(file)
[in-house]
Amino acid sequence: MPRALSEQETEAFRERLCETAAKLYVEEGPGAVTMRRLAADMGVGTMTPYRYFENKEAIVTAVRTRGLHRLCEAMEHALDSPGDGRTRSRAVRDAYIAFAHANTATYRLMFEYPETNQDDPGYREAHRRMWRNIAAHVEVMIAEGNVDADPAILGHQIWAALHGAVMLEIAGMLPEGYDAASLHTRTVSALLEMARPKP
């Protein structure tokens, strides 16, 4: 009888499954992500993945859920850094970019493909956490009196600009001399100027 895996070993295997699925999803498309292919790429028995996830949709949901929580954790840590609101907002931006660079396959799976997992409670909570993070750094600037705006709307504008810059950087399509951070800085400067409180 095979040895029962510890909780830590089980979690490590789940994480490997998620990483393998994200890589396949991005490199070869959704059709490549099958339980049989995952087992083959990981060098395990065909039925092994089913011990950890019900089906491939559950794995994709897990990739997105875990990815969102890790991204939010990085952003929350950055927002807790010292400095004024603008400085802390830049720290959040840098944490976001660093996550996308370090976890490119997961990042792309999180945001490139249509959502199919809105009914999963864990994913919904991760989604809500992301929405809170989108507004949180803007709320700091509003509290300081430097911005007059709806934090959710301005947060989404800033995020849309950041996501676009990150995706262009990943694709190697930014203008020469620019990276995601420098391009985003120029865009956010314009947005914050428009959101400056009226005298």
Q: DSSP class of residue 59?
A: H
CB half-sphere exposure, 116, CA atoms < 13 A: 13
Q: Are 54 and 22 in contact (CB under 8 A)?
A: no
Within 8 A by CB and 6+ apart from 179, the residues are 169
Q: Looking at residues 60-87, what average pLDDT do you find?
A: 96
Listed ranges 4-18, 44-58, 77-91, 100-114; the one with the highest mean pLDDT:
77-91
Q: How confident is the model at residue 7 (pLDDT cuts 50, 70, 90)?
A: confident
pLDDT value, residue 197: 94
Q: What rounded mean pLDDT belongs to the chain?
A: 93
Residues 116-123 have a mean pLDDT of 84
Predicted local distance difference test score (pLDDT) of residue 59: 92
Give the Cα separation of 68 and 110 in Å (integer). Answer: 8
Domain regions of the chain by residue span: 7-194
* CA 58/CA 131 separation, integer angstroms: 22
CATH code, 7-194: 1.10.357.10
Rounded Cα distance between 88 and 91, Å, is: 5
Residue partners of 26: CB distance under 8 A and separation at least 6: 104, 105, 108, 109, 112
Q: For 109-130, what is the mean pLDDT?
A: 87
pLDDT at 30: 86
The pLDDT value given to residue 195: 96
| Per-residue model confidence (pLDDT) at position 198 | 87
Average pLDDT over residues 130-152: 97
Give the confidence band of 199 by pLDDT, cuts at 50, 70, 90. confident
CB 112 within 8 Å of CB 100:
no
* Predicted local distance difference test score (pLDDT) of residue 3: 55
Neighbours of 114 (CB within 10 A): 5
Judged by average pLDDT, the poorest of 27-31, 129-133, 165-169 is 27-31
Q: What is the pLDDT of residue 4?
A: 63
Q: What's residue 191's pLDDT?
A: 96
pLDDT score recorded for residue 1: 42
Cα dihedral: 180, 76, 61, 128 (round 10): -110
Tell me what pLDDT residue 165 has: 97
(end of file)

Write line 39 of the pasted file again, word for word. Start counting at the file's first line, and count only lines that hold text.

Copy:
Q: What is the pLDDT of residue 4?